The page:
VI. The providence of God has, in a most marvellous manner, PRESERVED the scriptures of the Old and New Testament from being lost or corrupted. While perhaps millions of other books, once of considerable fame in the world, and which no one sought to extirpate, are lost and forgotten, the Scriptures, though more early written, and though Satan and his agents unnumbered have hated them, and sought to cause their memory to perish from among men, or to corrupt them, still remain, and remain in their purity.
In great wisdom and kindness, God, for their preservation, ordered an original copy to be laid up in the Holy of Holies (Deuteronomy 31:26); and that every Hebrew king should write out a copy for himself (Deuteronomy 27:18); and appointed the careful and frequent reading of them, both in private and public. With astonishing kindness and wisdom has he made the contending parties who had access to the Scriptures–such as the Jews and Israelites, the Jews and Samaritans, the Pharisees and Sadducees, the Jews and Christians, and the various parties of Christians–MUTUAL CHECKS upon each other for almost three thousand years past, that they might not be able either to extirpate or to corrupt any part of them. When the Christians had almost utterly lost the knowledge of the Hebrew originals, God, by his providence, stirred up the Jewish rabbins to an uncommon labour for preserving them in their purity, by marking the number of letters, and how often each was repeated, in their Masoras.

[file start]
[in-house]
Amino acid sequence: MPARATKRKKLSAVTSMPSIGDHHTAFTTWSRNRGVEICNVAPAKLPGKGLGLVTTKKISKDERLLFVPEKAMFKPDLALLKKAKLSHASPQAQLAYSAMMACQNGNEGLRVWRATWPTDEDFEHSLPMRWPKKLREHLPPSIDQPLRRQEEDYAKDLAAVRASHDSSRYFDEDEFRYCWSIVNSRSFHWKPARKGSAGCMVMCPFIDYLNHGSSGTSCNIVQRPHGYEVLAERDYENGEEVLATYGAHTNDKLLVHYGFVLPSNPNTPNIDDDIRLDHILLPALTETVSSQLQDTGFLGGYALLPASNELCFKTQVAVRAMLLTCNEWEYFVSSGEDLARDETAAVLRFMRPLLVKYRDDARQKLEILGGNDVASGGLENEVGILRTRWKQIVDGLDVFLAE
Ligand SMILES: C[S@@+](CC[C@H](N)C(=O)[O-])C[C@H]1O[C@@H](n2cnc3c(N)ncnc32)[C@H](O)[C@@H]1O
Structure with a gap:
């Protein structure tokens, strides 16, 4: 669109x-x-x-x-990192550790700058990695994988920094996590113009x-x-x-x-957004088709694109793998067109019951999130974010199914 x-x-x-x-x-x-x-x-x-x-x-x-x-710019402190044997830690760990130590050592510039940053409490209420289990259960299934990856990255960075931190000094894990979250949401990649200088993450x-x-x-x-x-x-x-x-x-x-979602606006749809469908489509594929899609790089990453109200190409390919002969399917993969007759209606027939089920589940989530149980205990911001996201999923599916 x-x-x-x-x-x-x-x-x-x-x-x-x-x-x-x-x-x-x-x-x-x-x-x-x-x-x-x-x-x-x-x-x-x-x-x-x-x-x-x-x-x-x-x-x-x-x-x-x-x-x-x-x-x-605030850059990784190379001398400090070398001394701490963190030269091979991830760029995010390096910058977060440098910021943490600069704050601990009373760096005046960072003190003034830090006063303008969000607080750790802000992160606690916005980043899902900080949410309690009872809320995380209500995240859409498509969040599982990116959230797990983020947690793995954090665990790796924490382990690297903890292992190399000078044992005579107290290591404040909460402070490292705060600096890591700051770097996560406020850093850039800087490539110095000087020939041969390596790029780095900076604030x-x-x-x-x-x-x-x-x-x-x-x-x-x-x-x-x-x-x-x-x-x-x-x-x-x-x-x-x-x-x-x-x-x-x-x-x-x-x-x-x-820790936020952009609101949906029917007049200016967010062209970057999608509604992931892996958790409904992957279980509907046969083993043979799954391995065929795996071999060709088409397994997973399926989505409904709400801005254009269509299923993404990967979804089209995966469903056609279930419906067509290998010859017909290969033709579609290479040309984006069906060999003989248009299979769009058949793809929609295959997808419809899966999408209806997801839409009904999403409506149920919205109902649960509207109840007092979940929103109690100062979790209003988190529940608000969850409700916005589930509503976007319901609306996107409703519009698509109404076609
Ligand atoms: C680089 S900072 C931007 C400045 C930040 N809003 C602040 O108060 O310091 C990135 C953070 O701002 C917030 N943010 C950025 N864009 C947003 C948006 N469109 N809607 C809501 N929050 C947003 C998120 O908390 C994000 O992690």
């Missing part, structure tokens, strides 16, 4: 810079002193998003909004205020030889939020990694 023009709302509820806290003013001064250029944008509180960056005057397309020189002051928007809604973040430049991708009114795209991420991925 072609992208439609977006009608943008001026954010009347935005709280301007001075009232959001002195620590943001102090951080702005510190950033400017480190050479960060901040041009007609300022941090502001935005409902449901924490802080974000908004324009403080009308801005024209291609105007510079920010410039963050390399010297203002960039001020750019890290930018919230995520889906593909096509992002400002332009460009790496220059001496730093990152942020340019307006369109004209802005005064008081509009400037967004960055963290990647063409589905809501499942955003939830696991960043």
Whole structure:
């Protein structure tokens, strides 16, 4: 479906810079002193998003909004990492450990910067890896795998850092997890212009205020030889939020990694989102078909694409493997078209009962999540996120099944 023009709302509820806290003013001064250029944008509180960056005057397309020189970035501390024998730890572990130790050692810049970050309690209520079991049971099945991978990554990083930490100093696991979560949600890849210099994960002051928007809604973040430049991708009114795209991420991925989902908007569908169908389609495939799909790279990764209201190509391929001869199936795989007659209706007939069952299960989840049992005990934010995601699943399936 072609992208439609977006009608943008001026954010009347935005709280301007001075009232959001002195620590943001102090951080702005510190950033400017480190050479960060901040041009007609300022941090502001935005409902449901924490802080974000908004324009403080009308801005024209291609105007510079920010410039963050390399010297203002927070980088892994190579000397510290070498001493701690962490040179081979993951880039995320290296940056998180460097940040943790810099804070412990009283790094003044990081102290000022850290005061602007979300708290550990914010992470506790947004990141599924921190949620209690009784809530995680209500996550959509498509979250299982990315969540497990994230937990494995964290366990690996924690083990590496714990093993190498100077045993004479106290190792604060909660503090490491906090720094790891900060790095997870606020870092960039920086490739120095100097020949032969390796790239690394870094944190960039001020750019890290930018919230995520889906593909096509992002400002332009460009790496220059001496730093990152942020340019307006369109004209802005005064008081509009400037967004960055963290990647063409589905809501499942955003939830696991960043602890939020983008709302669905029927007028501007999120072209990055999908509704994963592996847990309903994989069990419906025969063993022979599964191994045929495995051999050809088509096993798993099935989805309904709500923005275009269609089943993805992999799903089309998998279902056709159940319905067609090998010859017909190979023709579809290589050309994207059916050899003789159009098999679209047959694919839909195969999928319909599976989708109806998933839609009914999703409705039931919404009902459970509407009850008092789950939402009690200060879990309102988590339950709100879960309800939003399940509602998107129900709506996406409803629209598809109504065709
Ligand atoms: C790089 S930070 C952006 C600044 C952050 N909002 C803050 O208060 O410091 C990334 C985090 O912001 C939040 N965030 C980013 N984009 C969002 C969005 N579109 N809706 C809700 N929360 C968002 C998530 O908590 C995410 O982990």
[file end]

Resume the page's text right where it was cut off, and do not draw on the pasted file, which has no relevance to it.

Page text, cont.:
By what tremendous judgments did he restrain and punish Antiochus Epiphanes, the Syro-Grecian king; Dioclesian, the Roman emperor; and others who attempted to destroy the copies of Scripture, in order to extirpate the Jewish or Christian religion! And he has bestowed amazing support and consolation on such as have risked or parted with their lives rather than deny the dictates of Scripture, or in the least contribute to their extirpation or misinterpretation.
By quickly multiplying the copies or the readers of the Scriptures, he rendered it impossible to corrupt them in anything important, without causing the corruption all at once to start up into every copy dispersed through the world, and into the memories of almost every reader;–than which nothing could be more absurd to suppose. Nay it is observable that of all the thousands of various readings which the learned have collected, not one in the least enervates any point of our faith or duty towards God or man.